Weekdays: June 29–July 2, 8 a.m.–3 p.m.; additional time online

MAT627 Investigating Mathematical Concepts (3)
Explores ways to expand teacher’s knowledge of strategies used to teach mathematics. Topics include: number and operation, algebraic thinking, geometry, measurement, problem solving, justifying and reasoning.
Weekdays: June 29; 6–9 p.m. July 13–16 8 a.m.–4 p.m., July 17, 8 a.m.–1 p.m

SPN662 Historia, Cultura y Civilización de Hispanoamérica​ (3)
Explores the geography, history, fine arts, and socio-cultural demographics of Latin America countries.
Starting week of June 29. Schedule to be determined between professor and enrolled students.

SPN664 Hispanic Youth Literature (3)
This course will explore how to teach literature to students of different levels of linguistic abilities. We will explore three major facets of teaching texts. First, what kind of pre-reading activities are needed to prepare students for what they are about to read? Students need the cultural and linguistic context before they even begin to dive into the text. Strategies include: exploring the context through images and research, introducing vocabulary through images and activities where students develop skills to negotiate meaning, and, based on cultural and linguistic clues, begin to engage in psycho-linguistic guessing to form ideas of what they are about to read. Second, how can they engage in the text to confirm or deny what guesses they have formed? Third, how can they use the text to engage in an integrated performance activity? We will look at different texts and examples to explore these three major questions.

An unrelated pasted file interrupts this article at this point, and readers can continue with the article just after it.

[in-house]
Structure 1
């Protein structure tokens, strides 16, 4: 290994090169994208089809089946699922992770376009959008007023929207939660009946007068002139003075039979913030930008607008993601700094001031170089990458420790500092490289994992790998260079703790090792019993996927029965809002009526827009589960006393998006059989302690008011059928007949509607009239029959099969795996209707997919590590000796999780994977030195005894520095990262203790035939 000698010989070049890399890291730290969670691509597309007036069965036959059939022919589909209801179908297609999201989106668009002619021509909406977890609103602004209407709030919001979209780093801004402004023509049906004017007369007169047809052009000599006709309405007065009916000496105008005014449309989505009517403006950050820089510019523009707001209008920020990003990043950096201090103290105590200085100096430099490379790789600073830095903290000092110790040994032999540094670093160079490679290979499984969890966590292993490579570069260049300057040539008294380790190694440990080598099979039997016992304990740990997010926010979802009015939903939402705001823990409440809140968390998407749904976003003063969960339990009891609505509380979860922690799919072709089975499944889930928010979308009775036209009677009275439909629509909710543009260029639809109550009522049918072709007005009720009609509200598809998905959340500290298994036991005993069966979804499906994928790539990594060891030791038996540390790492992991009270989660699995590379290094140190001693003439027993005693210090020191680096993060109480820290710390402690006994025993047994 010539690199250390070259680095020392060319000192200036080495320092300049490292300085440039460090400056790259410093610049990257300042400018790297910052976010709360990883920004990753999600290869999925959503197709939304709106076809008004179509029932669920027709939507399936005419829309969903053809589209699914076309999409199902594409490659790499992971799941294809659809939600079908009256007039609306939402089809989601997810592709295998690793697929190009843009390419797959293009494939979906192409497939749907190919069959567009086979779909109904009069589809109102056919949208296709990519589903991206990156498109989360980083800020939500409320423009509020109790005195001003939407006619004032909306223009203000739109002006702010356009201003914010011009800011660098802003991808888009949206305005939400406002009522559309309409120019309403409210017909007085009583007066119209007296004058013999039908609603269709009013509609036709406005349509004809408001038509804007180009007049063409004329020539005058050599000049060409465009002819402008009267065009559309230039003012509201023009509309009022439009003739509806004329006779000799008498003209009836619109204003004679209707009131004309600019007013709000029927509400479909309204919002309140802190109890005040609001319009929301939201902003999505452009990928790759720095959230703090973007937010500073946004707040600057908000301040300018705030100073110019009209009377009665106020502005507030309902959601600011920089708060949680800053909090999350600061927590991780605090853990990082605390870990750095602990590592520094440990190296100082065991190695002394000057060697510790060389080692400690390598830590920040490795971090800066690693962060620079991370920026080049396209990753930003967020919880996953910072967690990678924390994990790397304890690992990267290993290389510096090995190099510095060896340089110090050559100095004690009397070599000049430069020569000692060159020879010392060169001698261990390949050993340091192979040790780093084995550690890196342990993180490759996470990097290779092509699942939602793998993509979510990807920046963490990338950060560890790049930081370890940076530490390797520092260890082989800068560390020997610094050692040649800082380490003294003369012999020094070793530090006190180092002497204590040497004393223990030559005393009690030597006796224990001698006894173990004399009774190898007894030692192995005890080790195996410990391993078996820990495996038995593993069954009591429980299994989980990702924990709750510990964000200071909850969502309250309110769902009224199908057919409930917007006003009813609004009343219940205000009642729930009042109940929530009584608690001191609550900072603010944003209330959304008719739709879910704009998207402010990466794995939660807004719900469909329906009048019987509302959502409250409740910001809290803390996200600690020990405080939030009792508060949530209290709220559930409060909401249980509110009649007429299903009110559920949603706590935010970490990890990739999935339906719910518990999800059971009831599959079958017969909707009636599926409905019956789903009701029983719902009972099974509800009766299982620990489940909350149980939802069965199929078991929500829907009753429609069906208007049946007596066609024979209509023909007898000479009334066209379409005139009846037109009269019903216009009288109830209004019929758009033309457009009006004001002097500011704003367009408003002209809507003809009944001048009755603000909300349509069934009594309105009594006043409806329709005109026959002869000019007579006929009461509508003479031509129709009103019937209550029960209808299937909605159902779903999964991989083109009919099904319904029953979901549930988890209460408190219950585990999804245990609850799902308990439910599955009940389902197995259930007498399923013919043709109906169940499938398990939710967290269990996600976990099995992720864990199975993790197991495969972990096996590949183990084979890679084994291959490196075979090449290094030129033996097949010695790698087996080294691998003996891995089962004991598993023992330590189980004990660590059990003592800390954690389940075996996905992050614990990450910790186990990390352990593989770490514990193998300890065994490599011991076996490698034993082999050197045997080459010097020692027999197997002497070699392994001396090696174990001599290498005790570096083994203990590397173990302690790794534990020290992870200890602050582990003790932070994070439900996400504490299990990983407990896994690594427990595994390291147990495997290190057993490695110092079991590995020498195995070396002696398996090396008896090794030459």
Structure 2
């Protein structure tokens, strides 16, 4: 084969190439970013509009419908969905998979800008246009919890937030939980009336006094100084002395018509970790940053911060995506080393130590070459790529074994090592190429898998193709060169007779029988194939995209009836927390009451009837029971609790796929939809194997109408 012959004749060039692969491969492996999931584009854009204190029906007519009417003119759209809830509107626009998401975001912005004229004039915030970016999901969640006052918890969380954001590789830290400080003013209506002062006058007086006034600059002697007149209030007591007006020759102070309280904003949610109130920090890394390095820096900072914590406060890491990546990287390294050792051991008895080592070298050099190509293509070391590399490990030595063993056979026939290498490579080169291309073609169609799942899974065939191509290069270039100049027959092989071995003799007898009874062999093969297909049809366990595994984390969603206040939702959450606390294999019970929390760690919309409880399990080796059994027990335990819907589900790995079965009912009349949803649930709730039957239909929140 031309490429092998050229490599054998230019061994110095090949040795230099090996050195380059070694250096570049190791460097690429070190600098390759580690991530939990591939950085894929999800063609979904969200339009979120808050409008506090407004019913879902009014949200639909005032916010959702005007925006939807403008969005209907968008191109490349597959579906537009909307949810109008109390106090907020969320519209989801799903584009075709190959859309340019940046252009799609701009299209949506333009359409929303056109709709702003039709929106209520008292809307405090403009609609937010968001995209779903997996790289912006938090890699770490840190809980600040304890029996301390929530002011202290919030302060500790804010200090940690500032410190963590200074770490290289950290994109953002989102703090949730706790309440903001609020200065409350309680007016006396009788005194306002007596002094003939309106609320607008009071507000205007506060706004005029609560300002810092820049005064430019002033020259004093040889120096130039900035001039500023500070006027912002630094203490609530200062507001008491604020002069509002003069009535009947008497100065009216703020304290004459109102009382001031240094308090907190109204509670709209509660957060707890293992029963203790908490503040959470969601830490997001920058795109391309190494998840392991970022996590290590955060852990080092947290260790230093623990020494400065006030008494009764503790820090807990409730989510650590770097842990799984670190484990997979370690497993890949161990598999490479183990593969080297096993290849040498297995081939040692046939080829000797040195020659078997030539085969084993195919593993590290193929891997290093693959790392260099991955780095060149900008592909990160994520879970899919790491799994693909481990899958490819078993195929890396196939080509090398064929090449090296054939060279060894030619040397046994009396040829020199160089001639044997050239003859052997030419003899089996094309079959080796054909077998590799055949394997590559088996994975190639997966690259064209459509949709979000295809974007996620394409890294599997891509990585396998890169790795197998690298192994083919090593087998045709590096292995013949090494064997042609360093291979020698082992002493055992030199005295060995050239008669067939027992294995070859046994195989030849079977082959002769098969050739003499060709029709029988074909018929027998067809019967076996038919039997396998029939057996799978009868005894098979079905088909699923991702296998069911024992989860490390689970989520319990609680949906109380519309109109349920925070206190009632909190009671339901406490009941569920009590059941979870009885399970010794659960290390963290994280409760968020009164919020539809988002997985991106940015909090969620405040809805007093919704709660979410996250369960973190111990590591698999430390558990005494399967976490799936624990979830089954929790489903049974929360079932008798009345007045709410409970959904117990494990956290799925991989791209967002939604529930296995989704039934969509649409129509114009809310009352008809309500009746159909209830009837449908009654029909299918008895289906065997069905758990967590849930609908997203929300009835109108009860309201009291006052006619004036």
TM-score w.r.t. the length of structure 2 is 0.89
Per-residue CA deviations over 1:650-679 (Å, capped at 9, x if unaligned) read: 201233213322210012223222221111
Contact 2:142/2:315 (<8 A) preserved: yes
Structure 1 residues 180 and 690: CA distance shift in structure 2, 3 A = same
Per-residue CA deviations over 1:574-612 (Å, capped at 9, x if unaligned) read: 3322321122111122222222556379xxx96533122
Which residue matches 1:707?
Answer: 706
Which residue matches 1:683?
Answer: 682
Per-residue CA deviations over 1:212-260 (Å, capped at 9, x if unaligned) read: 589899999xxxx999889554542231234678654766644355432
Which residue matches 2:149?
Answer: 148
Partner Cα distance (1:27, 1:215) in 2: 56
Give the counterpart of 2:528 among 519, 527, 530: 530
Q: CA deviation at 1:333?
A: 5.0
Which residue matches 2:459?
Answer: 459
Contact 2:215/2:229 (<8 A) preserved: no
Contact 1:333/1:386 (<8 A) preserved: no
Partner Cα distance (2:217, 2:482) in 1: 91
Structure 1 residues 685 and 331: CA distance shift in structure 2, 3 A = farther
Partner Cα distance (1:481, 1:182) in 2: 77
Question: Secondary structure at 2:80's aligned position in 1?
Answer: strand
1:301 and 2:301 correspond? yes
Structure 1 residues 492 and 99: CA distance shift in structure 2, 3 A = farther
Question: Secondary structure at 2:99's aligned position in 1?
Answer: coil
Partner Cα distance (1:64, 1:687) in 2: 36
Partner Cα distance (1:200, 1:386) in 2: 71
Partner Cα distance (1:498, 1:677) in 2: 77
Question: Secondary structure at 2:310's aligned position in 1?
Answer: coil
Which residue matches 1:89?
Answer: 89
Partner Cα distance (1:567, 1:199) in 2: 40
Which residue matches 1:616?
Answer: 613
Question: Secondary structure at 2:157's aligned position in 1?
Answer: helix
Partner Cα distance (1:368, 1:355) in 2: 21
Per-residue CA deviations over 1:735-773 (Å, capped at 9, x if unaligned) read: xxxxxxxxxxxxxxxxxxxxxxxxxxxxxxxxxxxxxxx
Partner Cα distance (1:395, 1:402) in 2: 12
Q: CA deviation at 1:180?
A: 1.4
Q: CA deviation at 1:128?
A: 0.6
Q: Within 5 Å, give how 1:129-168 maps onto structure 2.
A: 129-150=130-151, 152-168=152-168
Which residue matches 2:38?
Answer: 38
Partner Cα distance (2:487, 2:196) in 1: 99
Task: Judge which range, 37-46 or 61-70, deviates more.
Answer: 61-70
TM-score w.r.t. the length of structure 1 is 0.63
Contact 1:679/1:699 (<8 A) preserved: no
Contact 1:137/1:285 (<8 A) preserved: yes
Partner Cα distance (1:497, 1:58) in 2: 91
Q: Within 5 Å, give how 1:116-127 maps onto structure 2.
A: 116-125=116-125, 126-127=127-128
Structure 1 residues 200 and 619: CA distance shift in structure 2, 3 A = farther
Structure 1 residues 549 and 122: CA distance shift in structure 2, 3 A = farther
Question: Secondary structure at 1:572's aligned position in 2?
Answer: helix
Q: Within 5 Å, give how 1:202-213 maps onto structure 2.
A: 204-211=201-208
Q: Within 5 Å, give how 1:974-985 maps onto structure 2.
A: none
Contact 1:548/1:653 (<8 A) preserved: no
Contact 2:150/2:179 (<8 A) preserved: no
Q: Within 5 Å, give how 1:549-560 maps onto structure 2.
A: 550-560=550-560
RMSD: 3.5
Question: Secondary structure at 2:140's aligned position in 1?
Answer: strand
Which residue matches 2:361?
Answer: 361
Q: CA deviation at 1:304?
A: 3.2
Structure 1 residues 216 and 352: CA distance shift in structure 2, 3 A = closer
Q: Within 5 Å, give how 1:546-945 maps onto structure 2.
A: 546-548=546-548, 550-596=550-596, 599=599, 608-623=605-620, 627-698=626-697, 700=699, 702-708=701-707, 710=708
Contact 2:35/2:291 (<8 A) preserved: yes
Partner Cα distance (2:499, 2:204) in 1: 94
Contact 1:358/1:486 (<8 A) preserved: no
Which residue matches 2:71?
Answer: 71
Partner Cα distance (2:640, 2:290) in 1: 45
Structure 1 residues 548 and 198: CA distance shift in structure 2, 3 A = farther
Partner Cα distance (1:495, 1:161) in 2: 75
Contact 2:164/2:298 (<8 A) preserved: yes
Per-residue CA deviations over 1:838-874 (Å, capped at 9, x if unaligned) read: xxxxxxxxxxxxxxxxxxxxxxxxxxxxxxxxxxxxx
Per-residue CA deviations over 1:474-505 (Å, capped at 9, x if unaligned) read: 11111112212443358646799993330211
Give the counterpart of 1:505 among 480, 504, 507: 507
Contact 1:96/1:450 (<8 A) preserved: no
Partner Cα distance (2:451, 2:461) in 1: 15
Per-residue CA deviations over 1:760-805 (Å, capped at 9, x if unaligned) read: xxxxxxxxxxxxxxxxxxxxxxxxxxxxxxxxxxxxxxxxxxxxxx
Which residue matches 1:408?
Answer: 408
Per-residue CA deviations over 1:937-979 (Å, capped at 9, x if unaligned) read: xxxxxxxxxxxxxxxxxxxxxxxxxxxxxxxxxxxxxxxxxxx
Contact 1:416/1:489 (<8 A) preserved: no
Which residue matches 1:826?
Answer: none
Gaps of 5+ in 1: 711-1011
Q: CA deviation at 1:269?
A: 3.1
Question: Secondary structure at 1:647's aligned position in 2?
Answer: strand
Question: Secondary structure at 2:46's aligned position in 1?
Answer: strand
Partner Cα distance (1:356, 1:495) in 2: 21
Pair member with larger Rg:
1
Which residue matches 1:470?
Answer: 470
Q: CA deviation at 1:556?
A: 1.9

Schedule to be determined between professor and enrolled students.

SPN695 21 Century Latin American Cinema (3)
Examines films released between 2000 and 2012 that are written, directed and/or produced by Latin American filmmakers or set in Latin American spaces. Student will gain broader understanding of contemporary Latin America cinema, allowing the criticism of different meanings, symbols, styles, experiences and fostering emotional and rational responses. Conducted in Spanish.
Schedule to be determined between professor and enrolled students.

SPRING 2020

ART601 Experimental Drawing: Techniques in Mixed Media (3)
Advanced level drawing class moving beyond traditional boundaries to work in wet and dry media on two-dimensional surfaces. Explores the depth of creative process and the dialogue of various drawing traditions while enhancing technique and personal visual language.